Being completely honest- my family are cavemen (cave people). We like meat. Chicken, beef, pork – it’s on our menu almost every night. We do have meat less meals to help reduce the cost- but we like meat and that’s why we strategically shop: To buy the items we like by saving on the items we need.
That said, meat is expensive. Here are 13 ways to reduce the expense.
1. The Cuts: For most home cooks- there are too many cuts of beef to count. And if you are a basic home cook- many of them we can lump together (Round Roast, London Broil, Eye of Round Roast- I cook them all as if they were the same cut). For my family there are just a few cuts of beef that I’ve lumped many other cuts into (remember I am a MOM cook- not a gourmet cook!) We have steaks (T-bone, Ribeye, etc), roasts (Round, Chuck, London Broil) and ground beef. It doesn’t really matter to me what it is labeled as in the store. It matters to me (a) How I cook it (b) the cost per lb.
2. Have a price point: Here are my Stock up prices for meat.When I find meat at this price or lower I buy more than just enough for one meal:
Ground Beef: $1.99/lb
Beef Roast: $3.99/lb
Beef Steaks: $4.00/lb
Boneless Chicken Breast: $1.99/lb
Bone in Chicken: 99¢/lb
Chicken Legs or Thighs: 50¢/lb
Pork Roast: $1.99/lb
Sausage, fresh: $1.89/lb
Fresh Fish: $3.99/lb
3. Your freezer is your friend: Meat freezes amazing well if properly prepared. I use freezer bags if I need to divide the portions up or simply wrap the package in plastic wrap several times. A food saver is AWESOME. Date the meat so you use the older meat before the newer packages.I’ve found that I prefer to wrap meat in butcher paper before placing in the freezer bag- it helps cut down on freezer burn and discoloration when I don’t use my Food Saver.
4.Cut it yourself: We like Pepper Steak in our house- but the stir-fry beef strips was always more expensive than the full pieces of beef. So, I buy the larger pieces and slice it myself (See previous post here) instead of the precut meat and paying for someone to slice it.
5. Slow cookers & Pressure Cookers: The most tender cuts of meat are more expensive. But if you slow cook the meat in a slow cooker (or even the oven or stove top) you can turn the cheaper, tougher cuts of meat into a dinner that you almost need a spoon for! Instant Pots are AWESOME for getting slow cooker tenderness in a portion of the time.
6. Make it flavorful: We pre-marinade our meat before placing most of it in the freezer. Italian Dressing for chicken, seasoning rubs for beef and even a salt brine can help bring out the flavor of frozen meat. It also helps with the tougher (i.e. less expensive) cuts of meat.
7. Look for Quick Sale meats: Stores have a sell-by date on almost every product in their store. Most are good past that date- but they can’t sell it anymore. My grocery stores mark down meat daily. I always head to the quick sale area to see what’s gotta go that day. I’ve gotten packages of bacon for less than $1, entire chickens for around a dollar and beef roasts for $2 or so. I either cook it that night or prepare & freeze it for later use. Ask the meat counter employees when they usually mark down meat and try to shop right after to get the cream of the crop before it’s picked over.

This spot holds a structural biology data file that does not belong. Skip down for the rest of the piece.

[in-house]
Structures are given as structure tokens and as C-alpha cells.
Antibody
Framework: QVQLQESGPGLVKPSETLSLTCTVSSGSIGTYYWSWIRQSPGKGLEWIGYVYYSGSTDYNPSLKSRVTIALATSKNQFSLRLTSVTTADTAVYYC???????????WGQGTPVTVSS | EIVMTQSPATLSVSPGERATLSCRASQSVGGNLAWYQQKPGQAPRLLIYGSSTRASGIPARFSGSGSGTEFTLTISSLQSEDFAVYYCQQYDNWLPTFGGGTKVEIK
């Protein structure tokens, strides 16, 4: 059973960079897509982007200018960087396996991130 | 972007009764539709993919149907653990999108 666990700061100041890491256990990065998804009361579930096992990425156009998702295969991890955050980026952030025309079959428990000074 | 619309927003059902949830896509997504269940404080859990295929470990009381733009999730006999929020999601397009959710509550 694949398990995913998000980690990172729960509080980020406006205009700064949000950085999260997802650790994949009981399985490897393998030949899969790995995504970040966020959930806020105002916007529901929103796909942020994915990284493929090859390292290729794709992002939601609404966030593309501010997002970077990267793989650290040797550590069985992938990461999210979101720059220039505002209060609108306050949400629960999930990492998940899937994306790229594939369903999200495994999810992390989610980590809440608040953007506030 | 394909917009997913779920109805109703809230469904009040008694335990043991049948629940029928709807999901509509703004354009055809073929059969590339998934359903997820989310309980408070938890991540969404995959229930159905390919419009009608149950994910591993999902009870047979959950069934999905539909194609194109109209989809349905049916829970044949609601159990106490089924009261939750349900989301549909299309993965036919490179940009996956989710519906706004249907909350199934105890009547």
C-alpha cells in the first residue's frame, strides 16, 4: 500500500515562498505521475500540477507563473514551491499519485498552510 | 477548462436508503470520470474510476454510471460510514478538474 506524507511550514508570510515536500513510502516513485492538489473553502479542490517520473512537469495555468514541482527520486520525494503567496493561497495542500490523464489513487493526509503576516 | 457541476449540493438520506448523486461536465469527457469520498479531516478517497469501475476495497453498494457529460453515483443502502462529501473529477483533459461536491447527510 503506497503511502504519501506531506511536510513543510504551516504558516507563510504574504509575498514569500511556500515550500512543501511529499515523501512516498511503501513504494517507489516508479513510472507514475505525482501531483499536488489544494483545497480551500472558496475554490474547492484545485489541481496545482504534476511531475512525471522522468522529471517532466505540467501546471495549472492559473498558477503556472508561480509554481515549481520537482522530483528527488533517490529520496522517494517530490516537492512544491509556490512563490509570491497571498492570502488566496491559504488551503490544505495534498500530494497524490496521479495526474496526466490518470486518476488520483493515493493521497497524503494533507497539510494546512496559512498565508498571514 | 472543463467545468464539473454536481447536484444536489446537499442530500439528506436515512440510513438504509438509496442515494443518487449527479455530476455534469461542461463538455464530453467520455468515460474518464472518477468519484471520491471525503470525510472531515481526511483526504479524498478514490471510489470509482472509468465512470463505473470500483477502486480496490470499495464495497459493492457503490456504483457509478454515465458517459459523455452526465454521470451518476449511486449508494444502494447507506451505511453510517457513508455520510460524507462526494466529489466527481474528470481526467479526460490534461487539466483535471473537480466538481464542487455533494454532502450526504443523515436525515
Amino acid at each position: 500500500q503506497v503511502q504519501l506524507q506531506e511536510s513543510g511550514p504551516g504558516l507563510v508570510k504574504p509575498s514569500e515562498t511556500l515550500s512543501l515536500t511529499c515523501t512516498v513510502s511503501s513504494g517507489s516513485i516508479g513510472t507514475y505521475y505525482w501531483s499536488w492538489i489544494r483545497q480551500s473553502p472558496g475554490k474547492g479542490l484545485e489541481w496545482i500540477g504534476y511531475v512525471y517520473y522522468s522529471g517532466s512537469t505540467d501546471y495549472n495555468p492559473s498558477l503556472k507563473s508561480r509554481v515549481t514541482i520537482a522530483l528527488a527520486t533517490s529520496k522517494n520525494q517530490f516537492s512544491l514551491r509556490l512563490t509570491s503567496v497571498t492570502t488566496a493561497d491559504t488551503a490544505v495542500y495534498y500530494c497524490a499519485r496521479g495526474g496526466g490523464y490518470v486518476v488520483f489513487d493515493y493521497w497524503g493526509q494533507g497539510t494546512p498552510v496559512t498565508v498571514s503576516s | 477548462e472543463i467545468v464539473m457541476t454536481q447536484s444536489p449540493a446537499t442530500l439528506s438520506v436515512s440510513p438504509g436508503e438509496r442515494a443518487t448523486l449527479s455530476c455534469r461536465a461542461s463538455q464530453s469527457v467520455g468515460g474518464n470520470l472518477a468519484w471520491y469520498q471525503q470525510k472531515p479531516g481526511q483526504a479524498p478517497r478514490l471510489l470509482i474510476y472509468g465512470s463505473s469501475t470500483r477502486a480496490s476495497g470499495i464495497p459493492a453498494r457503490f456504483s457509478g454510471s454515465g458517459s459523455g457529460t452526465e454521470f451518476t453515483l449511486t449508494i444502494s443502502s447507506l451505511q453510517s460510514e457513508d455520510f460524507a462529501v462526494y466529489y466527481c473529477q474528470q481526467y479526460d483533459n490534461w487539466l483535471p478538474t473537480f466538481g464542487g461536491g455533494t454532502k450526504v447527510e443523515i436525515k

8. Stretch it out: Instead of cooking every member of my family a steak, I might grill a large London Broil like roast and slice it up. I make meat dishes that allow me to stretch it farther with rice or beans (chili, tacos, etc).
9. Follow the seasons: Steaks are going to be on sale more often around “grilling holidays” during the summer. Beef Stew meat is more likely to be on sale during the winter. Ham and Turkey around Thanksgiving and Easter. Lamb is cheaper in the spring. Chicken just bounces all around.
10. Look for coupons: National brands such as Smithfield, Perdue, and Hillshire often put coupons on their products. Combine that coupon with a sale and you’ve got a great deal. Many times you might find a coupon that says “Save $1 on chicken when you buy steak sauce”. That is when I have the meat counter package the meat into $1 packages. I can use a coupon on each set of meat and steak sauce I buy then and save even more. (Check out printable coupons here)
11. Look for rebates: In NC, beer companies cannot put coupons or rebates out for beer so they put rebates and coupons on items that go well with beer- meat and chips are most common. So keep an eye in the beer aisle for rebates- and in most states (check yours) no beer purchase is required to get the rebate! Ibotta often has beer and meat rebates, but in NC they don’t require the beer purchase.
12. Use less: I’ve found in my family that the more I cook- the more they eat…even if they aren’t hungry! I’d much rather my family eat a second serving of salad or corn than another helping of fried chicken so I cook less. I cook just enough for one serving of meat for each family member. If they are still hungry after finishing that serving, they eat seconds of something a bit healthier. If I do cook extras before I call them in to eat, I put the extra up for another meal. If a dish calls for a pound of hamburger (like spaghetti or other dish where the meat is a side note) I simply use a little less (maybe 3/4 a pound). No one notices the difference….except my budget!
13. Get outside your comfort zone. Look at stores outside your normal routine. Sometimes those smaller chains run AMAZING sales on meat!